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Apr 7, 2018

My Forrest Gumpy Life: Godspell and Joan Rivers


In my undergrad years at Rocky Mountain College I undertook a triple-major in art, drama and music. There in 1975 I was cast in a role in the musical Godspell, that turned out to have a profound and lasting effect on my life. The production was directed by Larry Whitely from the professional Godspell circuit. Our little production ended up being a pretty big hit that played for weeks in Billings, and then eventually toured throughout the region. The play, based on the gospel of Matthew, featured me as Jesus, my brother Steve as Jesus' right-hand-man, John the Baptist/Judas, and several of our lifelong friends, like Nancy Harper with whom I still sing in church choir every week now. Promoting the show brought a former Rocky student, Bob FitzGerald and his buddy (Nancy's brother) Rusty onto the Rocky staff, (both also in said choir) who eventually formed a group with Steve and I called the Montana Logging and Ballet Co., which became famous in its own right.

But I digress. our show became somewhat of a phenomenon, quite successful at Rocky, and pretty sweet for me as it launched me on the road of a number of subsequent Godspell productions around Montana. In fact that summer I got a call from Larry asking if I would be willing to take the "Jesus" role for actor on the east coast since he was moving to the Broadway production. I said yes and opened within a week at a theater in Stockbridge, Mass., where I was the youngest and the only non-professional cast member. My dressing room had just hosted Leonard Nimoy, who'd just closed a performance run there (and whose name I myself removed from the door!)

Stockbridge is also the site of the famous Arlo Guthrie album (who makes an appearance elsewhere in my narrative) and his hilarious story of Alice's Restaurant. But that's another story altogether.

Joan Rivers and John Davidson on the talk show set.
The funnest story I recall came in the form of a call from a small local TV station in nearby Buffalo, NY. They requested that the "star" of our show come for an interview, so I was sent over. I arrived on the set of this small-time TV station and was introduced to the local host and his two other guests from another production also passing through: John Davidson and Joan Rivers! (I don't know much about him but she was perhaps the first really great American female comedian!) The host basically ignored me, but every so often would ask me some innocuous question about some local restaurant or something I would have no earthly idea about, making me seem pretty irrelevant. Joan recognized what was happening and so she graciously took over the interview! She asked me a string of very interesting questions about my show, she was very funny and we had a great time. I'd even say she saved my bacon! (That is if I wasn't vegetarian). I will always be grateful to her for rescuing me from that embarrassing situation.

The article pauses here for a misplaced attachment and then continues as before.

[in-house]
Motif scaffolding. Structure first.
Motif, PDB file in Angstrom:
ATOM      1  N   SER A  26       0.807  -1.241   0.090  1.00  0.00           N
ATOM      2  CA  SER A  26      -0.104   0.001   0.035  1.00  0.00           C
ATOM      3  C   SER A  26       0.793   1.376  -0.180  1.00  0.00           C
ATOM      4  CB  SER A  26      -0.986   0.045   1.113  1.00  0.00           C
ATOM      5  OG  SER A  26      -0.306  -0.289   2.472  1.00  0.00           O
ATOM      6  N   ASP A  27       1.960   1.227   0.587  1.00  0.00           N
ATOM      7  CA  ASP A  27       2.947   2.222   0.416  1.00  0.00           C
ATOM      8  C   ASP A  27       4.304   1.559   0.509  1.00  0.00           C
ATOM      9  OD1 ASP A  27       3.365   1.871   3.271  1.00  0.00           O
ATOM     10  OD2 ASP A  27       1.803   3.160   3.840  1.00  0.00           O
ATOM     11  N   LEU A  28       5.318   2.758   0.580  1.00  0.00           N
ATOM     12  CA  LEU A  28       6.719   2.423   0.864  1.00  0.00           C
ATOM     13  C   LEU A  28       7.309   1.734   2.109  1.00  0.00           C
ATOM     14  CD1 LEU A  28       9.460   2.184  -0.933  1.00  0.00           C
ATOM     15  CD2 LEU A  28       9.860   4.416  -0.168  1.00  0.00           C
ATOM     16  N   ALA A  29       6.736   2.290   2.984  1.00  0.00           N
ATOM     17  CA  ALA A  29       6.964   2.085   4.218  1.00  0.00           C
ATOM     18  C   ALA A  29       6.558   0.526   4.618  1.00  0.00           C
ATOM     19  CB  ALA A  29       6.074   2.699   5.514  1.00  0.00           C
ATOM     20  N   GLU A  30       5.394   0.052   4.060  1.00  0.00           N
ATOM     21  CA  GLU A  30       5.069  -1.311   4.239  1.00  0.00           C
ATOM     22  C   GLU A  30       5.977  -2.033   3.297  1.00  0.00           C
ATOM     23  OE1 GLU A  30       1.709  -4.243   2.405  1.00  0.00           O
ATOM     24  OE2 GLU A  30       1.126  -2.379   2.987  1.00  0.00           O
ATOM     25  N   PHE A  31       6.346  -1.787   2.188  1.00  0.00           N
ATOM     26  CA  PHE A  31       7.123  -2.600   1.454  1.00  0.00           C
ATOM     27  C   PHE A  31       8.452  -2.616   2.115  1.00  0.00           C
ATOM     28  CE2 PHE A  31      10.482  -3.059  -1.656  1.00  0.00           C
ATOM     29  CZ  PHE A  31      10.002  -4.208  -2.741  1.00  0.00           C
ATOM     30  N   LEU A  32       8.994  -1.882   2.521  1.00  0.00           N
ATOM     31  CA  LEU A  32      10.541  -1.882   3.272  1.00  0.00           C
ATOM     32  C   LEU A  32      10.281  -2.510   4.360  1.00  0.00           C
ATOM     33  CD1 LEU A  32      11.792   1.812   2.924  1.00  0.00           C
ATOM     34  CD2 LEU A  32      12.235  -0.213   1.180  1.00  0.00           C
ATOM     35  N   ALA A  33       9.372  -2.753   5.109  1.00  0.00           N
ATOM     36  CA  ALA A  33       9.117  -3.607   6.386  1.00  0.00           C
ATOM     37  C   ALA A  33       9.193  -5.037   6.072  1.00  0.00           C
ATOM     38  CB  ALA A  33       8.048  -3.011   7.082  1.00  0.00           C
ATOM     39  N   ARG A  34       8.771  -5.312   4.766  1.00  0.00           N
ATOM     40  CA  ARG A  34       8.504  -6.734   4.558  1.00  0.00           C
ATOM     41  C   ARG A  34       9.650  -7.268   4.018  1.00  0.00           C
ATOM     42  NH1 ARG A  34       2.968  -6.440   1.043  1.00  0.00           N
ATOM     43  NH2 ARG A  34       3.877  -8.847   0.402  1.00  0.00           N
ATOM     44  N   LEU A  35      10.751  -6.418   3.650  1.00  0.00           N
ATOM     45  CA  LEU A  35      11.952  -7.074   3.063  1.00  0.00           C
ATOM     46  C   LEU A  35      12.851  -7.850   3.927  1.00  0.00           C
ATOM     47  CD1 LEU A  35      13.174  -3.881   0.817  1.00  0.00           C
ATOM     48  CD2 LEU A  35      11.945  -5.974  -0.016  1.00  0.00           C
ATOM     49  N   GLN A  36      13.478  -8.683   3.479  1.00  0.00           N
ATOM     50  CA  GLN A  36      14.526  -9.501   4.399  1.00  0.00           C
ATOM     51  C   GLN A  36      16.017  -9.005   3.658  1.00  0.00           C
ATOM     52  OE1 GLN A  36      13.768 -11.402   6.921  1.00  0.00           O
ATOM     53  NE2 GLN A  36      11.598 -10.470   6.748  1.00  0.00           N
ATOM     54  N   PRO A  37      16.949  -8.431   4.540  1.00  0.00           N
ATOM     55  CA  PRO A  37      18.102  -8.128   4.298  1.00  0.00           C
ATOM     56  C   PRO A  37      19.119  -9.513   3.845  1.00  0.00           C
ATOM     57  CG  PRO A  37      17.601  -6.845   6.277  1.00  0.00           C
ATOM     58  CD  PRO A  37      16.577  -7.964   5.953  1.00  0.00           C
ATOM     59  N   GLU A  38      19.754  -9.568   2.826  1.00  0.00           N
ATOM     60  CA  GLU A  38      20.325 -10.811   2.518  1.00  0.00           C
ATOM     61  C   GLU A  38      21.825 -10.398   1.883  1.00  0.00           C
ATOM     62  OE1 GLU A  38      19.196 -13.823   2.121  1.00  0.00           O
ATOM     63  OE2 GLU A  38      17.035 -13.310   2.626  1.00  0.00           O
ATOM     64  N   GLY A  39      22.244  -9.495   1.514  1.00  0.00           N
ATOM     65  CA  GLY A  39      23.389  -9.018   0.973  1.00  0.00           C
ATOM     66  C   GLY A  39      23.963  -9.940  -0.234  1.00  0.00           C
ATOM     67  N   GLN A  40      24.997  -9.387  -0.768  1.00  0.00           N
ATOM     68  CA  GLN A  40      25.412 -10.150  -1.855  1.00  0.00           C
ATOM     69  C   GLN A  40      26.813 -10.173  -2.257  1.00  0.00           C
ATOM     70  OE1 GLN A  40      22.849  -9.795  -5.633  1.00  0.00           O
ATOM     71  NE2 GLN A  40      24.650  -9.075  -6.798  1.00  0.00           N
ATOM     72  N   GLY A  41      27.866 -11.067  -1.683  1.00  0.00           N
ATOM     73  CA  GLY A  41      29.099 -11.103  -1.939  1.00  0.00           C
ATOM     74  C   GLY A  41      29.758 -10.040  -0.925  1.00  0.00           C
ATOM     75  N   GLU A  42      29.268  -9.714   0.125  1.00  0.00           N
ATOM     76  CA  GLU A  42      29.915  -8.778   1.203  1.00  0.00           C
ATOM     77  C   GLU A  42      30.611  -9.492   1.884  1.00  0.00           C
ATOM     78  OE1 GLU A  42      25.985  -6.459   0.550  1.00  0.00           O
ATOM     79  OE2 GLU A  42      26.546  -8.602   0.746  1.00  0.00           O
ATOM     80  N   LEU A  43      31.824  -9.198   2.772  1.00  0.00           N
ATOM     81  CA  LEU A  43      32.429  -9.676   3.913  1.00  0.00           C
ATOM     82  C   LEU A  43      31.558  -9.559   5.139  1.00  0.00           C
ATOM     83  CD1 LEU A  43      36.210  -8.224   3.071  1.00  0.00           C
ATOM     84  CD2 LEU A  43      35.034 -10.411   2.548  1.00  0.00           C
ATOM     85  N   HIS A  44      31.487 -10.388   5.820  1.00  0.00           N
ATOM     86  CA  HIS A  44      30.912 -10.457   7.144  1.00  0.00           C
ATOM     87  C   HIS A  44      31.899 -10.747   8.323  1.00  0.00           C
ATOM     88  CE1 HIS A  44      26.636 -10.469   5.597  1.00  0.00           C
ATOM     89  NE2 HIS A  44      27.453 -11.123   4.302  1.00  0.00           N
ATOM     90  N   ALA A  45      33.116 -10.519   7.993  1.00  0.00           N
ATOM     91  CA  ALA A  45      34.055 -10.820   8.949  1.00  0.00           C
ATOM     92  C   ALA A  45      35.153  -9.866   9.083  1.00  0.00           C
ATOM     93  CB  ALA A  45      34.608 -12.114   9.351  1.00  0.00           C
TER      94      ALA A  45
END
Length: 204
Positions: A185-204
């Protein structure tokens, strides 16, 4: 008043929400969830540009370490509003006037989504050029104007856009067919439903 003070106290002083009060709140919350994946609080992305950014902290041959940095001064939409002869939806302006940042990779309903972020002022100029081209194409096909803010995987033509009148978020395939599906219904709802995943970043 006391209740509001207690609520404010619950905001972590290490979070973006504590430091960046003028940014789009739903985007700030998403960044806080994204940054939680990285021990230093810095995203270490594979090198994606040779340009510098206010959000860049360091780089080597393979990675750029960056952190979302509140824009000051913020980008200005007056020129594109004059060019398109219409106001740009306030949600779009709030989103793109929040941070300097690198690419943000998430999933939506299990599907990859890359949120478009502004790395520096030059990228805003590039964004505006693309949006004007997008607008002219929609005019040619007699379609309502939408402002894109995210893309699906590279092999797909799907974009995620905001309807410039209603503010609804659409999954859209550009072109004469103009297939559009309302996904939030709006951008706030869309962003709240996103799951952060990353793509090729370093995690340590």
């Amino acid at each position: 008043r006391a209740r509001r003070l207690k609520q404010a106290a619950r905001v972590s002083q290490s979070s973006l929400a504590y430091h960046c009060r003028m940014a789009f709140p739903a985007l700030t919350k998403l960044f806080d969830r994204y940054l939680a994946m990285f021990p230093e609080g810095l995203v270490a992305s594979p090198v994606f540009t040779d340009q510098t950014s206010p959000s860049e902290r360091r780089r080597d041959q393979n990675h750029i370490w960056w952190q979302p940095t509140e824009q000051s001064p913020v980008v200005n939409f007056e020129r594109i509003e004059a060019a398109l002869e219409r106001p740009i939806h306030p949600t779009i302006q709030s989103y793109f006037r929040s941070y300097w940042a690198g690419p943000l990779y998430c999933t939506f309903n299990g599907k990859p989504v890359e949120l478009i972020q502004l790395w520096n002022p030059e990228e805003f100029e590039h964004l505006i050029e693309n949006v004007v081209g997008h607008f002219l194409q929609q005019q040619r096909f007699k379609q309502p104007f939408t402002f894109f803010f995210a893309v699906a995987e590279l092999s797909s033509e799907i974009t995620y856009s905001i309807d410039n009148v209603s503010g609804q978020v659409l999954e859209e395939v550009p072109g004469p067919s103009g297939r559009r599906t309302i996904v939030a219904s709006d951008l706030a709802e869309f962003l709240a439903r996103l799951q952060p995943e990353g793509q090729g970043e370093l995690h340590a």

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I'm a sculptor/filmmaker living in Montana, USA. I am using art to move the evolution of humanity forward into an increasingly responsive, inclusive and interactive culture. As globalization flattens peoples into a capitalist monoculture I hope to use my art to celebrate historical cultural differences and imagine how we can co-create a rich future together.

I see myself as an artist/philosopher laboring deep in the mines of joy. I've had a good long career of exhibiting work around the world and working on international outreach projects, most notably being the first American to be invited to present a one-person exhibit in the Hermitage Museum. Recently I have turned my attention from simply making metal sculpture to creating films and workshops for engaging communities directly, tinkering with the very ideas and mechanisms behind cultural transformation. I feel that as we face tragic world crises, if the human species favors our imaginative and creative capacities we can cultivate a rich world to enjoy.

For me the deepest satisfaction in making art comes in engaging people's real life concerns rather than providing simple entertainment or decoration. Areas of conflict or tension are particularly ripe for the kind of transformative power that art uniquely carries. I invite any kind of challenge that serves people on a deep level.